During the first year of the Coronavirus pandemic, a relatively slow but constant rate of viral mutations occurred. However, since the end of 2020, several variants characterized by a large number of mutations have emerged, exceeding by far the mutation rates observed in the first stage of the pandemic.
A new study led by Tel Aviv University has found that immunocompromised patients tend to develop chronic Coronavirus infections, allowing the virus to accumulate a variety of mutations, which can make it become more transmissible and able to evade prior natural or vaccine-induced immunity, as was the case of the Omicron variant.
The scientists argue that weakened antibody responses – particularly in the lower airways of chronic patients – may prevent their full recovery and drive the Coronavirus to mutate several times during lengthy infections, potentially leading to the emergence of new variants.
“The Coronavirus is characterized by the fact that in every population, there are people who become chronically infected. In the case of these patients, the virus remains in their body for a lengthy period of time, and they are at high risk for recurrent infection,” explained study senior author Adi Stern, an expert in viral evolution at the Tel Aviv University.
“In all of the cases observed so far, these were immunocompromised patients – part of their immune system is damaged and unable to function. In biological evolutionary terms, these patients constitute an ‘incubator’ for viruses and mutations – the virus persists in their body for a long time and succeeds in adapting to the immune system, by accumulating various mutations.”
By examining 27 chronic Covid-19 patients at the Tel Aviv Sourasky Medical Center, Professor Stern and his colleagues found that their weakened immune systems have often created pressure for the virus to mutate. Most of these patients showed a pattern of apparent recovery, followed by recurring viral infection.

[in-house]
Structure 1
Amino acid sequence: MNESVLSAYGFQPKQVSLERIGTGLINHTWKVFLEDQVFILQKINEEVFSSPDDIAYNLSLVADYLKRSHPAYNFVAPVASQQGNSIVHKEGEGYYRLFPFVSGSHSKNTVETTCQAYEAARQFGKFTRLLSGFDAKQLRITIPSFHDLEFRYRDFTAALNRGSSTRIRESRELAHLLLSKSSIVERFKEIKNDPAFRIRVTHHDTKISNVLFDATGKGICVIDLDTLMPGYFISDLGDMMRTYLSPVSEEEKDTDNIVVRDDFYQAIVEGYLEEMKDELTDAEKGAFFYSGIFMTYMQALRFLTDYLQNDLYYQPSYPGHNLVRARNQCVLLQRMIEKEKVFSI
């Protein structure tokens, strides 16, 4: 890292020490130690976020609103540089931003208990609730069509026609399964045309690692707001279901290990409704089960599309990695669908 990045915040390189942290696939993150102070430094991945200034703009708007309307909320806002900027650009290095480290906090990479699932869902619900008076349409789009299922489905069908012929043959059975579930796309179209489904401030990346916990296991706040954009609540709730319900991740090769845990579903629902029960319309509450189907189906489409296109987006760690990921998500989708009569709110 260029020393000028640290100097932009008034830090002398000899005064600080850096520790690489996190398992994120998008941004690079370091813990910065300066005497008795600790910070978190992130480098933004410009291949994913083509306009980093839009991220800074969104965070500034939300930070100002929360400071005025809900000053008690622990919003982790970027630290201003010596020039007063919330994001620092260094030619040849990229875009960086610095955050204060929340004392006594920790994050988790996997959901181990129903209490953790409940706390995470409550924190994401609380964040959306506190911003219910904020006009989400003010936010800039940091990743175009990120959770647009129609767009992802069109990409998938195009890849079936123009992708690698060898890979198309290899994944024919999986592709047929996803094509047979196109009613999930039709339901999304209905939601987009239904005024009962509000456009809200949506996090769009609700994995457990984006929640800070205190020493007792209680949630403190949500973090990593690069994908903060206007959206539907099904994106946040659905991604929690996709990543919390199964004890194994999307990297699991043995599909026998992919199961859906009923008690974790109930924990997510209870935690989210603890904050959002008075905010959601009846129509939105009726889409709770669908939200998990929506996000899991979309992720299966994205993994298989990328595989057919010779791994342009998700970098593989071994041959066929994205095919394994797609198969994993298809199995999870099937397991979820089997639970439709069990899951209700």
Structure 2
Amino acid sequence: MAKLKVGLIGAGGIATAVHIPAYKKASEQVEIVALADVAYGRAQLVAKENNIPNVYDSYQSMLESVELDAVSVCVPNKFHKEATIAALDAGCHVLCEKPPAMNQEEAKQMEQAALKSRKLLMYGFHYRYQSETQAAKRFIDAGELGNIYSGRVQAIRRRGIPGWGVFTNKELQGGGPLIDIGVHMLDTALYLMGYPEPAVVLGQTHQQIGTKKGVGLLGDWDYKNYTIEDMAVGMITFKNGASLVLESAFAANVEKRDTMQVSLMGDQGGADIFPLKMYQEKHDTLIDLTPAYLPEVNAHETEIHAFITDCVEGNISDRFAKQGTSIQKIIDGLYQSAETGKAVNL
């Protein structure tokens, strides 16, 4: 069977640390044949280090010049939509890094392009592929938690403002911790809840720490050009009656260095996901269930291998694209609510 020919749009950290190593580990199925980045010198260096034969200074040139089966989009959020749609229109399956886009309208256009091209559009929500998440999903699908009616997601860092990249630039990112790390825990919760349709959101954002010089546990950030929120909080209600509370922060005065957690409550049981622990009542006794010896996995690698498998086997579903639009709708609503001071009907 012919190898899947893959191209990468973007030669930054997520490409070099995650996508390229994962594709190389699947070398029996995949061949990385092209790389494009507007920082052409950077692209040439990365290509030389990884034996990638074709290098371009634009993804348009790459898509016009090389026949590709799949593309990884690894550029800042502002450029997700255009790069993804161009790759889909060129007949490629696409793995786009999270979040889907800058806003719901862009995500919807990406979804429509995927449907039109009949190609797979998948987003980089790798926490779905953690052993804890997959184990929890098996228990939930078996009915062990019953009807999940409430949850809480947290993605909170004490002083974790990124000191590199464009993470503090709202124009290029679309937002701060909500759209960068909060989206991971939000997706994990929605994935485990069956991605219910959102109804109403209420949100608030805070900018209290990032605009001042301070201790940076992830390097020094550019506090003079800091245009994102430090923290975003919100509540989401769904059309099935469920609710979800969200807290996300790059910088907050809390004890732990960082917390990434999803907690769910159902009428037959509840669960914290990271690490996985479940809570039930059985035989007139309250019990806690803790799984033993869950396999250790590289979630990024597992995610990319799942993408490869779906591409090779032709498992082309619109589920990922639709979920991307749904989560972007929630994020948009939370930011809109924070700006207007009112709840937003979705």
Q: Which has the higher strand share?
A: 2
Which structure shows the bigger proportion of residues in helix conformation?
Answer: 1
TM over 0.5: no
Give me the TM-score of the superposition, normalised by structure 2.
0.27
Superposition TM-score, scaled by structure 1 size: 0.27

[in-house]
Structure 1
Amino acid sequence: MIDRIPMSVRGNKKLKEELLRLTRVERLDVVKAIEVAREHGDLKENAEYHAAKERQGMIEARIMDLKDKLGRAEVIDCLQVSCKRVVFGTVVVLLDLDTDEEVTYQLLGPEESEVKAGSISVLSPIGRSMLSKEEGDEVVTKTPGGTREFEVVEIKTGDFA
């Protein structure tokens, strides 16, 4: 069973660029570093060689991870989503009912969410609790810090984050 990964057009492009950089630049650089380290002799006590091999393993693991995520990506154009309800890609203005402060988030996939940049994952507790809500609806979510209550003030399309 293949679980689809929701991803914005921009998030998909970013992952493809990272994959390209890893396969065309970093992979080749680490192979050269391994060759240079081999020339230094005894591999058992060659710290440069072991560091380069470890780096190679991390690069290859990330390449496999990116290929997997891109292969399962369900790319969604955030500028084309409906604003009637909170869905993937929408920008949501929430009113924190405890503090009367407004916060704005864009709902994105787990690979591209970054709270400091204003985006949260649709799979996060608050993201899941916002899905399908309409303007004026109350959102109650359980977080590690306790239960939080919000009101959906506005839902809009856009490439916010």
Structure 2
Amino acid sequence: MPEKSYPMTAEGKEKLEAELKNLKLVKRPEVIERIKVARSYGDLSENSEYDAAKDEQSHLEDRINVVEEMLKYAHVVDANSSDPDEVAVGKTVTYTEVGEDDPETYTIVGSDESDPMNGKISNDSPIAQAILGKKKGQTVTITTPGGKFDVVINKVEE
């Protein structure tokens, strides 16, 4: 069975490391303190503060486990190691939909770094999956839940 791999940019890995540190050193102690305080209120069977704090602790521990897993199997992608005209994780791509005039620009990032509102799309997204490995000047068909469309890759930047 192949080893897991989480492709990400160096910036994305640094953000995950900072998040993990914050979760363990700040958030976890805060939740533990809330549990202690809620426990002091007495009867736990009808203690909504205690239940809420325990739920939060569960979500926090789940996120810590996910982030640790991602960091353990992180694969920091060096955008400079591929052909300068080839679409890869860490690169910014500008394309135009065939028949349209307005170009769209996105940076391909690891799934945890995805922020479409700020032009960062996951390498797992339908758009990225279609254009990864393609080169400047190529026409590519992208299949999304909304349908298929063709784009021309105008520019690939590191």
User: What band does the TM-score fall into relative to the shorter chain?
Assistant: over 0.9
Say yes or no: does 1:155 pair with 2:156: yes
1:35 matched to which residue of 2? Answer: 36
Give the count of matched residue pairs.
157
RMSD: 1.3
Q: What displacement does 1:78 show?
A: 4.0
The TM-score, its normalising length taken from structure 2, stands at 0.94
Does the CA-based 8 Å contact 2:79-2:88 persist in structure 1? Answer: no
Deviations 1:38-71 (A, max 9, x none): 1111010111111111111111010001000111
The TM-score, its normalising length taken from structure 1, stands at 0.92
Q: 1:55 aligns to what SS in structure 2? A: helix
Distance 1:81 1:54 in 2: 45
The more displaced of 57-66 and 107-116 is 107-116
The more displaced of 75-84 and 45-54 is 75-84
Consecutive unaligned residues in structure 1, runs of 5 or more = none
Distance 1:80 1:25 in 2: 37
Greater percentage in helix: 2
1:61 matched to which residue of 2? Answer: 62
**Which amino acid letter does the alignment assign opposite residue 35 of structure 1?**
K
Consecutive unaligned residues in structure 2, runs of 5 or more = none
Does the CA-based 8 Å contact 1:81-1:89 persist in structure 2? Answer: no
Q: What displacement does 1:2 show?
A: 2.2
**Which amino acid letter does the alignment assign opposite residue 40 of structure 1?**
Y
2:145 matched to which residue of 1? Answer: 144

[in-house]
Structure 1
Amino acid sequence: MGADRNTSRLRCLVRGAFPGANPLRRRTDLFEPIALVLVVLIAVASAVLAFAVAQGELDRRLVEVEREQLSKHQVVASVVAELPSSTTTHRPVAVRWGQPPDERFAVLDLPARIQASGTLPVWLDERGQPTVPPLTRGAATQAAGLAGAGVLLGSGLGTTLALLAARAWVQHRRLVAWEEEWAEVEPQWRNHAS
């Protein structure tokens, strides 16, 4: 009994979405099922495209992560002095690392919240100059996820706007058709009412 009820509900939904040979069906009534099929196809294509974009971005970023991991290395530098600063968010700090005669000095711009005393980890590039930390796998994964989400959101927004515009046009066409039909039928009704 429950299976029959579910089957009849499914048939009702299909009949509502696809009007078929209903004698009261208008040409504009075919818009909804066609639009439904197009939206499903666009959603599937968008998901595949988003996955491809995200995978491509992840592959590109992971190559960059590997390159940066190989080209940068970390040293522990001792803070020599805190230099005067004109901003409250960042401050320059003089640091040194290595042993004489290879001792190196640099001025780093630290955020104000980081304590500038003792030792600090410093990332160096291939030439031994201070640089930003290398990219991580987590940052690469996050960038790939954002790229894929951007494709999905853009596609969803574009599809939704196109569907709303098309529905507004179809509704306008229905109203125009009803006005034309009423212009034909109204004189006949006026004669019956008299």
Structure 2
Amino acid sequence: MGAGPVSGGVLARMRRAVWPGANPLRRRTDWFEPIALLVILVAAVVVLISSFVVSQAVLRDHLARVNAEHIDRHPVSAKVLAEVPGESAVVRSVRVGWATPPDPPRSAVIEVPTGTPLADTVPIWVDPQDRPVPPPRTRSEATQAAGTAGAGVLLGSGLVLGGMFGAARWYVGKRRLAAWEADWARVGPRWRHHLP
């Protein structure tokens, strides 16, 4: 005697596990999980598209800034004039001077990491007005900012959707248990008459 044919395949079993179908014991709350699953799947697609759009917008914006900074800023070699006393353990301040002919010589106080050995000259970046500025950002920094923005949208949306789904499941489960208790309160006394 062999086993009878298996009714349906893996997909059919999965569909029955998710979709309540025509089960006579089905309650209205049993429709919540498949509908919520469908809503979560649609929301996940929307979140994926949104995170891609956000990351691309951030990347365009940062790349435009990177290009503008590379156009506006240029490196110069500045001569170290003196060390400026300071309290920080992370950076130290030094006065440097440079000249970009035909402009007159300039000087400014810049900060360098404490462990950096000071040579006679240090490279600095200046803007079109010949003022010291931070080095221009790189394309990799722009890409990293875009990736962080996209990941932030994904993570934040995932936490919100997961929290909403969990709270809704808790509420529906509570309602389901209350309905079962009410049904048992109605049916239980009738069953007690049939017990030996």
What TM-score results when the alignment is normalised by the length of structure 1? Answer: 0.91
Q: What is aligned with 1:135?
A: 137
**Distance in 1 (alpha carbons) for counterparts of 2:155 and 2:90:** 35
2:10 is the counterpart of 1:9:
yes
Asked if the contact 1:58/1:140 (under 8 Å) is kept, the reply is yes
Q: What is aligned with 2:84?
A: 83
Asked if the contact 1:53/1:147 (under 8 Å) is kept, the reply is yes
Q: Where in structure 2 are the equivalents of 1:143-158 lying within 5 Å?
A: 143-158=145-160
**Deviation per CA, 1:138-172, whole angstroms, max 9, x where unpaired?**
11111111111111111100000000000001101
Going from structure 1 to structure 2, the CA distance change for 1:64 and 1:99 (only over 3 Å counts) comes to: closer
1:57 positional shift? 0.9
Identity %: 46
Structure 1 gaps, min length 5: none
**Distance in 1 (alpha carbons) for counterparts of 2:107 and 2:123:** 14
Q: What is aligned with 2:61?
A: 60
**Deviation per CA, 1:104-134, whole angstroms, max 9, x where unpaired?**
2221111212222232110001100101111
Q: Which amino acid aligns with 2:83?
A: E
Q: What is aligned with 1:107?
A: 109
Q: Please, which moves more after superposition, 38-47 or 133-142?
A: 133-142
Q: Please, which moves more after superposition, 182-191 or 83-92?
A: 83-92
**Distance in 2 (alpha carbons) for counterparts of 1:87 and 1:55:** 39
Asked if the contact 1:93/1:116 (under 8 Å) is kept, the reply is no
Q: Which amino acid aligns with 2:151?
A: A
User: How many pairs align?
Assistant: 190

The analysis revealed that, when such a pattern of apparent recovery was observed – based on negative nasopharyngeal swabs – the virus continued to thrive in the patients’ lungs, where it accumulated several mutations before travelling back to the upper respiratory tract.
“The complexity of Coronavirus evolution is still being revealed, and this poses many challenges to the scientific community. I believe that our research has succeeded in peeling back a missing layer of the big picture, and has opened the door for further research efforts to discover the origins of the various variants. This study highlights the importance of protecting immunocompromised individuals, who are at high risk for the virus, yet may also be an incubator for the formation of the next variant, posing a risk to all of us,” Professor Stern concluded.
The study is published in the journal Nature Medicine.
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